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Background Malaria transmission in Nepal is focal and seasonal. Based on data in returning travelers the risk of malaria is low. Sources of advice give contradictory information regarding the need for chemoprophylaxis. As a result, a degree of confusion exists among visitors. The aim of this study was to describe chemoprophylactic practices among travelers to Nepal and to document differences in advice according to its source and the country in which it was given.

Methods A questionnaire survey of tourists attending the CIWEC Clinic Travel Medicine Center, Kathmandu between June 2000 and May 2001. Resident expatriates and indigenous Nepalese were excluded.

Results Completed questionnaires were obtained from 1,303 respondents. Two hundred and eighty-eight respondents were taking chemoprophylaxis specifically for their trip to Nepal (22%), whereas 958 were not. Travelers from the United Kingdom and Denmark were significantly more likely, and those from the United States and Germany significantly less likely, to be taking chemoprophylaxis. Most travelers sought pretravel advice (71%), and all sources were more likely to advise them not to take chemoprophylaxis than to take it. However, travelers advised by a family practitioner were significantly more likely to be taking chemoprophylaxis than those advised by a travel medicine specialist. Of those taking chemoprophylaxis, 53% were doing so for a visit to the Terai alone, 33% for all areas of Nepal, and 6% for the Kathmandu Valley. Nine different chemoprophylactic regimes were in use. Six hundred and forty respondents who were not taking chemoprophylaxis had been advised that it was not necessary; 276 had made the choice themselves; and 131 had been taking chemoprophylaxis but had stopped while in Nepal. Twenty-eight of these respondents had stopped because of side effects. The most common reason for choosing not to take chemoprophylaxis was either the occurrence of side effects or the fear of them (31%).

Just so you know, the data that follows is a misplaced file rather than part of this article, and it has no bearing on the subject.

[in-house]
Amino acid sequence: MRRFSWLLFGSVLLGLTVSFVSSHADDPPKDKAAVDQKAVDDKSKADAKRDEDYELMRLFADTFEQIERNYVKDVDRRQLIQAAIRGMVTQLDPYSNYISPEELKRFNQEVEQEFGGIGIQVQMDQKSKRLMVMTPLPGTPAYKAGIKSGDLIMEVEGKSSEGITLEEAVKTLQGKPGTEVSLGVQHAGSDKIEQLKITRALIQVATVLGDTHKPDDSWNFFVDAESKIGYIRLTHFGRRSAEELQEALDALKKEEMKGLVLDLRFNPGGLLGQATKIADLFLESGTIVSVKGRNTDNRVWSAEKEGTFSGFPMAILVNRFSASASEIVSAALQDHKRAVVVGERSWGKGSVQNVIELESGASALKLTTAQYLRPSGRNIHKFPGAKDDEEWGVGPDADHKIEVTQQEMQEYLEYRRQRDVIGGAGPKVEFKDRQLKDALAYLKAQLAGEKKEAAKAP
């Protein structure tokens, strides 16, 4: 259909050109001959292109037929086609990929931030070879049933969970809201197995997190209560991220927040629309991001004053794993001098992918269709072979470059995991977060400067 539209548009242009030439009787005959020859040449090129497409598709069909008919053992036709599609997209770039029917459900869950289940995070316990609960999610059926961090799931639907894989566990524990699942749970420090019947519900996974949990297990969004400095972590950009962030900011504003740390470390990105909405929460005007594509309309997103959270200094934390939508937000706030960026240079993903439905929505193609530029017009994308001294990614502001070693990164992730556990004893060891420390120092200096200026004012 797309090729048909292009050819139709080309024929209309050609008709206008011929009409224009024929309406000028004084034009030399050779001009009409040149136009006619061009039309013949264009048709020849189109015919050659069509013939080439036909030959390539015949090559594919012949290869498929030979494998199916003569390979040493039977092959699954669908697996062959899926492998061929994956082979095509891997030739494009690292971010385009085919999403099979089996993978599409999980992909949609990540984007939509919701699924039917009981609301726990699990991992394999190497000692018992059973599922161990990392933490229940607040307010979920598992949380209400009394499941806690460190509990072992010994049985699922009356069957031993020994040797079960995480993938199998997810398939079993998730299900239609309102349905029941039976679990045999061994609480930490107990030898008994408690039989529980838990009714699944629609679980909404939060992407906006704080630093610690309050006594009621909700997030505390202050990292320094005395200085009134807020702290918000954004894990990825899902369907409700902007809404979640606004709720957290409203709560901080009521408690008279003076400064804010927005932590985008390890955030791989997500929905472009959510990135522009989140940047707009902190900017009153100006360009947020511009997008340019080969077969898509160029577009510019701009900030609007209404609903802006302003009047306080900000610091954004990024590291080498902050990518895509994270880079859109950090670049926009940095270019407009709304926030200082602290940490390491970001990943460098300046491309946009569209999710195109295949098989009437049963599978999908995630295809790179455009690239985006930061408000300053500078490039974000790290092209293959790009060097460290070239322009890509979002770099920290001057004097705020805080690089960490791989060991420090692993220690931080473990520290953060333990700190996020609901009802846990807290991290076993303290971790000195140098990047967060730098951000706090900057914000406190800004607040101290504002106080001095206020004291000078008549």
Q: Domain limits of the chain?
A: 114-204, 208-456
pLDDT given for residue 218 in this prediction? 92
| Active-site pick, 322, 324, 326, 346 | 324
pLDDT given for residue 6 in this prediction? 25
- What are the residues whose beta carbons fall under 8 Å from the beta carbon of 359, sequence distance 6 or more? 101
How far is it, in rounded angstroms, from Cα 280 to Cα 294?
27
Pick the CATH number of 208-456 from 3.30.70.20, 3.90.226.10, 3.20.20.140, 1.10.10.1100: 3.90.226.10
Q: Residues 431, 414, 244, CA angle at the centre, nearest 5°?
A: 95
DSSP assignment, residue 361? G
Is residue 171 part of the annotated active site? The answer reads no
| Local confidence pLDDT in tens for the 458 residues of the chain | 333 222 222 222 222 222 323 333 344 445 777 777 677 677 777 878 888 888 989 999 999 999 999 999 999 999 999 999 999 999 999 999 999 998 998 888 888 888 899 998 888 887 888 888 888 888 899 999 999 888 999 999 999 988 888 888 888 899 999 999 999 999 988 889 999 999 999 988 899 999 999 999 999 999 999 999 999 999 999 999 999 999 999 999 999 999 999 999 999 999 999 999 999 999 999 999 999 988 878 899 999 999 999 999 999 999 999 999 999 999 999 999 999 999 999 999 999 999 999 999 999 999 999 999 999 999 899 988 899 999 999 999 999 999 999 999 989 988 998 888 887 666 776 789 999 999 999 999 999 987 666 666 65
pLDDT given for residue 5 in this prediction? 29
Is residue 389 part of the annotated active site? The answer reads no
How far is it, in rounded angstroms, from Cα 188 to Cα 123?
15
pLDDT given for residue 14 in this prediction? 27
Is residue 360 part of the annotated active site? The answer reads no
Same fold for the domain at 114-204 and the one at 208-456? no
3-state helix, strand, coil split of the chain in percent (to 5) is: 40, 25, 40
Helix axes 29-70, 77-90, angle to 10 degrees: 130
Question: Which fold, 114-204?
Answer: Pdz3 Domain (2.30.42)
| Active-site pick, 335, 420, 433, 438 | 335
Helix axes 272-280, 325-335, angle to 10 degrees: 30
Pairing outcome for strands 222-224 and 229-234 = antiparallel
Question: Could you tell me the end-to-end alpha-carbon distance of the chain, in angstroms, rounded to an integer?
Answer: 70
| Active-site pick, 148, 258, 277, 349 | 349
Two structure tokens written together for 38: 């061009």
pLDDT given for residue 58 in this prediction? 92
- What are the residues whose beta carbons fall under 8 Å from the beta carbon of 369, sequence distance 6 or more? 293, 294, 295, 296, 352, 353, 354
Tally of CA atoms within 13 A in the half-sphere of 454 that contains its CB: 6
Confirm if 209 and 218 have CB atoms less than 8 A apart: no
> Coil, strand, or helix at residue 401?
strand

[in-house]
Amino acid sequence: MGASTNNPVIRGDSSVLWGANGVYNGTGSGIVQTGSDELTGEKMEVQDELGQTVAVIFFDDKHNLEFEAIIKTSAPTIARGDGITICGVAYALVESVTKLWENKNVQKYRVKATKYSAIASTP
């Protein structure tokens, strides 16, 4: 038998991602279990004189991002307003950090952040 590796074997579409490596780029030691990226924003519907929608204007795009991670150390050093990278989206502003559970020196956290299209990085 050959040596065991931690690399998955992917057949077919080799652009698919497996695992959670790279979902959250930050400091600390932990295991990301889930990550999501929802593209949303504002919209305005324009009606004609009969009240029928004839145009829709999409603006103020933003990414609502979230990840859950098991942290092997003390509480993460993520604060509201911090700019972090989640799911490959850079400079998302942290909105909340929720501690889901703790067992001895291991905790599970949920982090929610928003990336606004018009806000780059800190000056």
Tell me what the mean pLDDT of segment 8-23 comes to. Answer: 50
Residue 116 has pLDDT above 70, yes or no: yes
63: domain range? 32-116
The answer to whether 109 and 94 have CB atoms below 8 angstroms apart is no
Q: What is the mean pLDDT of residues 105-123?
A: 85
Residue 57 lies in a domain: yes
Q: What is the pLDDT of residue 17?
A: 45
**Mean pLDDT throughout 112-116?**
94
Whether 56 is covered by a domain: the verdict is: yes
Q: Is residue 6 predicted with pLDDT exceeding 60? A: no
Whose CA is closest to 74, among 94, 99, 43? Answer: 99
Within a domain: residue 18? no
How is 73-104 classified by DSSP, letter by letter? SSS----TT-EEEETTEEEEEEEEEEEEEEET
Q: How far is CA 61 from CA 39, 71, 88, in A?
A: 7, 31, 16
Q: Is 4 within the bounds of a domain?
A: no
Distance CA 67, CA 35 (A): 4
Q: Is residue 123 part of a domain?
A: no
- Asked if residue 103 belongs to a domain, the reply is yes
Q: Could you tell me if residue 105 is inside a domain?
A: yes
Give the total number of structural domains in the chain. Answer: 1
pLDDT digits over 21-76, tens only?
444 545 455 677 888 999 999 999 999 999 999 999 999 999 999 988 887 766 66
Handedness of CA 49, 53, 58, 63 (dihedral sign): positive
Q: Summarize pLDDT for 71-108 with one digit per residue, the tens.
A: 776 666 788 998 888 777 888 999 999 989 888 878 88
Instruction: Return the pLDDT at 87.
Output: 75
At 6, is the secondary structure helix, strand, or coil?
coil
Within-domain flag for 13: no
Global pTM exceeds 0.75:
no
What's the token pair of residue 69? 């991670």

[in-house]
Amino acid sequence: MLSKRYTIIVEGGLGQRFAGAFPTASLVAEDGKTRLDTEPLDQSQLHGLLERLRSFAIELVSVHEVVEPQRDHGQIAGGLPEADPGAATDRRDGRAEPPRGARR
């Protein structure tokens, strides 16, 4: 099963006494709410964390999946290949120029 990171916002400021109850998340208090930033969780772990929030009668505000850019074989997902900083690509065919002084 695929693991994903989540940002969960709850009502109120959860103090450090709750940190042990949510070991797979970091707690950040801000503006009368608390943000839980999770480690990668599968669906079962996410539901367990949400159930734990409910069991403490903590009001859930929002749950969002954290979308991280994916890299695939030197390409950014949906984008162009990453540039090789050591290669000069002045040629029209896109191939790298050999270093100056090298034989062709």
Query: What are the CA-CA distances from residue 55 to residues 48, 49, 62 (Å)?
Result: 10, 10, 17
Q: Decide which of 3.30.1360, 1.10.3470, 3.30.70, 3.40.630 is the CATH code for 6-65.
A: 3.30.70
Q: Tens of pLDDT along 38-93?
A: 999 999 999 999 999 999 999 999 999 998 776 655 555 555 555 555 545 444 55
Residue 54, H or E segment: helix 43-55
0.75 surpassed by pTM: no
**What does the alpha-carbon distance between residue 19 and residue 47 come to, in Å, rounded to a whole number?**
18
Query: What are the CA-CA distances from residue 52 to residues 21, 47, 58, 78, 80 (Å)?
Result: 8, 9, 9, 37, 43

Conclusions The variable and ultimately low risk of contracting malaria in Nepal has resulted in a lack of consensus and a wide range of opinion regarding the need for chemoprophylaxis. There is a need for clarification and tighter definition of the malaria risk faced by travelers to Nepal to avoid unnecessary chemoprophylaxis use while protecting those at significant risk.